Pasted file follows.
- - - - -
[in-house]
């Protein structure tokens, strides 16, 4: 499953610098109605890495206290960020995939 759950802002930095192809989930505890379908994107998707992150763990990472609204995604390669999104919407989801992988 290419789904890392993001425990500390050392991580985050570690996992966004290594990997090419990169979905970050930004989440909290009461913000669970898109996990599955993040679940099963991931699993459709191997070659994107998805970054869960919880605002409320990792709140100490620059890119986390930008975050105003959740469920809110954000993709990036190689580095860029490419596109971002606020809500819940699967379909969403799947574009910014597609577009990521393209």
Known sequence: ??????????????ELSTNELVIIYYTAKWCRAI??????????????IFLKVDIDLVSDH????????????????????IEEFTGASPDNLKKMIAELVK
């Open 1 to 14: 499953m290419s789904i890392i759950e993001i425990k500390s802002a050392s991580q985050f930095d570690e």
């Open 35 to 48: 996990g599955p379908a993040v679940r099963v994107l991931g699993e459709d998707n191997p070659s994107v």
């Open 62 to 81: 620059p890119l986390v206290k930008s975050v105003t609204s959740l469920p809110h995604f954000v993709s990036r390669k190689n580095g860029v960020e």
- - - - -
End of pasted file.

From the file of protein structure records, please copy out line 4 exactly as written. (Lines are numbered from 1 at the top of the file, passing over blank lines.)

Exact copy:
């Open 1 to 14: 499953m290419s789904i890392i759950e993001i425990k500390s802002a050392s991580q985050f930095d570690e």